Twelve years later, all returned at the long revamped FBK Stadion to participate as I attempted to run “half as fast” as Bekele in an attempt to complete the third event of my “Running Decathlon.”

The FBK Stadion in Hengelo is a track and field only facility that plays host annually to the IAAF meet called, naturally, the FBK Games. Thanks to a relationship with a Dutch agent, African runners from Ethiopia and Kenya have always been a part of this meet, and the times in the 1500m, 5000m and 10000m have been very fast. The stadium was named for the Dutch Olympic great who, as a mother of two, won four Gold Medals in the 1948 London Games. As a result of all of this, the Hengelo fans are amongst the most avid and knowledgeable track and field fans on the planet.

As I took the track on a cool and overcast morning, I felt that I had a good chance to run the 25:14 that I needed to achieve my self-set goal of twice the time as Bekele’s world record. My hopes were buoyed when Lars, who had been in the stands that day in 2004, showed up in a Jim Morrison T-shirt to pace me. An accomplished club decathlete, Lars has run sub 20 minute 5ks and was a worthy rabbit, and his English was solid enough for conversation during the 12-and-a-half lap trip.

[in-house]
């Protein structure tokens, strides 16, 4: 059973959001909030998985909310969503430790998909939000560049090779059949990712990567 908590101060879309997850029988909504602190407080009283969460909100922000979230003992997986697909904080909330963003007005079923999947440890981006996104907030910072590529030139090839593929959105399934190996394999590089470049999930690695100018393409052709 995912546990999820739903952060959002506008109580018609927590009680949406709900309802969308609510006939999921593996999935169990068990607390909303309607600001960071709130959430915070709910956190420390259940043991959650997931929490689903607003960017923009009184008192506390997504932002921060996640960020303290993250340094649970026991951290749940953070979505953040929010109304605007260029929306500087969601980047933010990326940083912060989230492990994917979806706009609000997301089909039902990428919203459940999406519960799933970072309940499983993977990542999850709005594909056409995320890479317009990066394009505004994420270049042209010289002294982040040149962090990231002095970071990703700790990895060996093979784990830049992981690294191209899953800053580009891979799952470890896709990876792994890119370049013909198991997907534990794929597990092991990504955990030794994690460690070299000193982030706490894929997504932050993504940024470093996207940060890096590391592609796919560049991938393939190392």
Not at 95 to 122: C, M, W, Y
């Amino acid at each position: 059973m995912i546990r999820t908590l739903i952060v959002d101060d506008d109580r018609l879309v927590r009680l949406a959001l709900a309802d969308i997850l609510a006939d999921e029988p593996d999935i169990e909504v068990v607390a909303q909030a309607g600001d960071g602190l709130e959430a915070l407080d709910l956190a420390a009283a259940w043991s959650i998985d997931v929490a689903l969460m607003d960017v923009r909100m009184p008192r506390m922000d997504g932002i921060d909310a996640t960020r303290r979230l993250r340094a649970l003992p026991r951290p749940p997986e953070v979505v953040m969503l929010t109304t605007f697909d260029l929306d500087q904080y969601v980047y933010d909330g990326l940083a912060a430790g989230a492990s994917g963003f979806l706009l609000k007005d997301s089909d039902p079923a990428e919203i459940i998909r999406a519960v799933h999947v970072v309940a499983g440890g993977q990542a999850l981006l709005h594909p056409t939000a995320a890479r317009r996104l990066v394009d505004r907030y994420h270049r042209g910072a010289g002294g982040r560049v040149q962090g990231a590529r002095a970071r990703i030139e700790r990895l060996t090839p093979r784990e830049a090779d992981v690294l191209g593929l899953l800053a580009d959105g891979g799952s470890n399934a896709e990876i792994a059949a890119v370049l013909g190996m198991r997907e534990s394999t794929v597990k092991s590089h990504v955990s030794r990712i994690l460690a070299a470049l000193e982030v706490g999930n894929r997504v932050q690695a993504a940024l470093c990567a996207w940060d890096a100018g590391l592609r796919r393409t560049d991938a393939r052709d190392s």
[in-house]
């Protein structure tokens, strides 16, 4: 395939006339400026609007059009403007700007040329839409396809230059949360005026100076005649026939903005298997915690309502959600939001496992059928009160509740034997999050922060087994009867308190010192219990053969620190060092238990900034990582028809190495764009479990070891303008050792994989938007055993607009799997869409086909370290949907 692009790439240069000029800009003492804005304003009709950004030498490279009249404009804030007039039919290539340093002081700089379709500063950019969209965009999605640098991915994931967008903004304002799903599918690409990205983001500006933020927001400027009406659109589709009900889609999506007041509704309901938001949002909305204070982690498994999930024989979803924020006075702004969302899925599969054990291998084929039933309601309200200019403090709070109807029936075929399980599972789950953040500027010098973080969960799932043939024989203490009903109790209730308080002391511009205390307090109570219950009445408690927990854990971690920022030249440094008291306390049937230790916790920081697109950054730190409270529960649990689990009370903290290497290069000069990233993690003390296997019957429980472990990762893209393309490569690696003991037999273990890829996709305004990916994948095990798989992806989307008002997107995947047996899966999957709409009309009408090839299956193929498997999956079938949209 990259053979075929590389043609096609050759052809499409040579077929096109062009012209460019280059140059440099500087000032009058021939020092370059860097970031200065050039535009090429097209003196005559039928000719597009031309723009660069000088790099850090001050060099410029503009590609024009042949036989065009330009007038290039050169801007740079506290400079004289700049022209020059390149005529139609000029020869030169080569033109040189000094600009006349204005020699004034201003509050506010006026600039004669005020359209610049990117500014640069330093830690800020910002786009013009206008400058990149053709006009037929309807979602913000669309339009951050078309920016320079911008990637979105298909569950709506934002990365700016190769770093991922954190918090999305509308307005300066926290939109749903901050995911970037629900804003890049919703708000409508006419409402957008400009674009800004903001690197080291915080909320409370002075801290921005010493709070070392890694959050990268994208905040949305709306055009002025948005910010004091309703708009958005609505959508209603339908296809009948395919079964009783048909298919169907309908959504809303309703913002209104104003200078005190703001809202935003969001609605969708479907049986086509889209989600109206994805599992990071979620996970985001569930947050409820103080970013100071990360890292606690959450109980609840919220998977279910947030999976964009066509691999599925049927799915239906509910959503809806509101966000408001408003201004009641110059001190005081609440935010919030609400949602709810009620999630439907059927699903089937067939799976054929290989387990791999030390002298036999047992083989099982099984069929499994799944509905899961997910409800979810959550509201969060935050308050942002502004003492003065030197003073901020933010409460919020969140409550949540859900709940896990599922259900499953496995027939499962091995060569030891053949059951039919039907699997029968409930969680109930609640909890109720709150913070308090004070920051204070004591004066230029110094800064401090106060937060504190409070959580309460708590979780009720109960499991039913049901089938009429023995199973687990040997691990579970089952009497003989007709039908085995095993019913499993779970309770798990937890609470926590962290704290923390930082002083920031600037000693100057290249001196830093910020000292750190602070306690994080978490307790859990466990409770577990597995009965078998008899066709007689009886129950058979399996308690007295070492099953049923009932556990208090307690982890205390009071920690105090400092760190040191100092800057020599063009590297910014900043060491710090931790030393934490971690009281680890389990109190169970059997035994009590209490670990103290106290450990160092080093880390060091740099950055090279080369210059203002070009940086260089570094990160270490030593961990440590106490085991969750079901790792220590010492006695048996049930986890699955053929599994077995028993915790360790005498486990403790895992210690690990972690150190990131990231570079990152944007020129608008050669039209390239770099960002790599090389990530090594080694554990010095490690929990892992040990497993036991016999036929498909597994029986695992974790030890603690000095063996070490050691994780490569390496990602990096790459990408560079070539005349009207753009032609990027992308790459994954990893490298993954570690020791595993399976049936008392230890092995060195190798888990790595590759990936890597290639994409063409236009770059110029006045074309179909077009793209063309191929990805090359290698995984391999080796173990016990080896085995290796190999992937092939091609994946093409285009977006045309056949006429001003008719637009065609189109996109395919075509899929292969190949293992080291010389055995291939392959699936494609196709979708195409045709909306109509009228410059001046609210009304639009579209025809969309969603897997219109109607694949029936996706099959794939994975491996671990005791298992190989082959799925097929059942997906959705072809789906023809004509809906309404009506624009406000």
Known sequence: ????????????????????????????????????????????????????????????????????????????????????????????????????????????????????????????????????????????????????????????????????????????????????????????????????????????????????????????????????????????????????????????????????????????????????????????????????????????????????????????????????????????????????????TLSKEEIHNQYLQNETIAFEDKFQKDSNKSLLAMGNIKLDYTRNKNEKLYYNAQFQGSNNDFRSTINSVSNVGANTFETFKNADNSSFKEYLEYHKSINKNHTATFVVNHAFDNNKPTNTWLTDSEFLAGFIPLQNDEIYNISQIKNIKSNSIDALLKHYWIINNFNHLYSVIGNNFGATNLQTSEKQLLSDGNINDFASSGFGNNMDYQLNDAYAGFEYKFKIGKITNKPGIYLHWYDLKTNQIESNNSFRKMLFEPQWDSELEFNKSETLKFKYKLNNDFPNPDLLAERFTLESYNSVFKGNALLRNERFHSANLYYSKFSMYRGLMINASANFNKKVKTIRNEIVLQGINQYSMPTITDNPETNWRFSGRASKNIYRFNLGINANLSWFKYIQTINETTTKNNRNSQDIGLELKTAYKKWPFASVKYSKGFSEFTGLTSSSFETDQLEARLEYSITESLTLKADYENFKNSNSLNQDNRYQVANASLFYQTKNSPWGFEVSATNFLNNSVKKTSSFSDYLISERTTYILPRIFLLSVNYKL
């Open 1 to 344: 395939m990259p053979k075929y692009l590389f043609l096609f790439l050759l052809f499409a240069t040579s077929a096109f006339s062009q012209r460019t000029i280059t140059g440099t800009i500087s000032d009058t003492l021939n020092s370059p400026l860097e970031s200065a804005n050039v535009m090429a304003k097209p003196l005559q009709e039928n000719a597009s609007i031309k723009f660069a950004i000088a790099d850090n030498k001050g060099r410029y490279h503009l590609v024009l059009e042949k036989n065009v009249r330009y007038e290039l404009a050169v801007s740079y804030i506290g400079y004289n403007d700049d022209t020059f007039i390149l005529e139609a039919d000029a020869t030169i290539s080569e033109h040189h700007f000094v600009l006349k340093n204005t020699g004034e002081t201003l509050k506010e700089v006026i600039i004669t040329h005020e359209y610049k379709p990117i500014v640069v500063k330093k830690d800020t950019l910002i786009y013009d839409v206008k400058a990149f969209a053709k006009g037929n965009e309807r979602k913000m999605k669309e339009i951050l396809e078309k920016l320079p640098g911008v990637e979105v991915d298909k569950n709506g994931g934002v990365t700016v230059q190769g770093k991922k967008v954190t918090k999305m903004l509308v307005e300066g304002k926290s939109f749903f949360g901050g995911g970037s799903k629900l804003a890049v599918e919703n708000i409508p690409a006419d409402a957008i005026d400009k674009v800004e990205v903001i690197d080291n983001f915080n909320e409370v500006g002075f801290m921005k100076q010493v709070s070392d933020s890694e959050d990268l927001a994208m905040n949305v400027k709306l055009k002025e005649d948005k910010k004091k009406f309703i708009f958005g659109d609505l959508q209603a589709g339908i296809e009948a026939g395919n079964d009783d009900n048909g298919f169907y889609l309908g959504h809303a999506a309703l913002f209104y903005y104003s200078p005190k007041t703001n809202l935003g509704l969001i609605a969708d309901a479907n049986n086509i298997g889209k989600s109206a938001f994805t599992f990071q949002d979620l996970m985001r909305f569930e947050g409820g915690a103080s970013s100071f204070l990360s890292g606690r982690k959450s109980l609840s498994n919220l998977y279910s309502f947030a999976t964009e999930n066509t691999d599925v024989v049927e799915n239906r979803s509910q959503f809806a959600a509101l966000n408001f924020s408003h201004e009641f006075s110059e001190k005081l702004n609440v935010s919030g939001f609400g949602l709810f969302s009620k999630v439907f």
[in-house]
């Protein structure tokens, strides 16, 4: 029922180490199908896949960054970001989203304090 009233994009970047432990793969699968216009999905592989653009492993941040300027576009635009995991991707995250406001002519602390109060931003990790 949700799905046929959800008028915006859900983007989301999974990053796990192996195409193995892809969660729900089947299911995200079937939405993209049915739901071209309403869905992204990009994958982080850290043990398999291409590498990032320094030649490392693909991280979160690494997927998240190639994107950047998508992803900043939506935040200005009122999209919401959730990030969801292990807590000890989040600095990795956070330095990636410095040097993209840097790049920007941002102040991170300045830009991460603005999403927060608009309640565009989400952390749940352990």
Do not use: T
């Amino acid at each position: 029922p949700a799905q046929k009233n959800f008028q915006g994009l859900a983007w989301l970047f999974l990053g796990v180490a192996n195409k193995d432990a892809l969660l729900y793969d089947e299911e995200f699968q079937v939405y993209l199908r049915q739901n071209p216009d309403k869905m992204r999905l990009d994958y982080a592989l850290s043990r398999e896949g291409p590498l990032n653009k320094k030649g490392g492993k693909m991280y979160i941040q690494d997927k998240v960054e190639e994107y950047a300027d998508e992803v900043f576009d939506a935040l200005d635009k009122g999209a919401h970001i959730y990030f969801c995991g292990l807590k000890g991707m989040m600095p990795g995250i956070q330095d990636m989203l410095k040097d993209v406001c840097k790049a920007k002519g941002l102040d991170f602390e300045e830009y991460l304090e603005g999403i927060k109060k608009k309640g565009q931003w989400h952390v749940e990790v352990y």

My goal, which was pretty pedestrian, was to go out in a: 60 200m and then settle into a 2:00 per lap pace, finishing at 25:00 even, just ahead of my goal. As the gun sounded, I jumped on the turn, perhaps a touch too quick (well too quick by my 60 year old standards), and we hit the 200 mark in a bit over :40. “Lets just slow it down a bit,” Lars counseled and we fell into a slow groove.

Lars had asked before the run if I had wanted to chat along the way, or if that would be a distraction. I told him I wanted to focus, so if he wanted to talk that would be fine, but don’t expect too much conversation. Of course, that went out the window on lap one when he told me he was a mad fan of the NBA.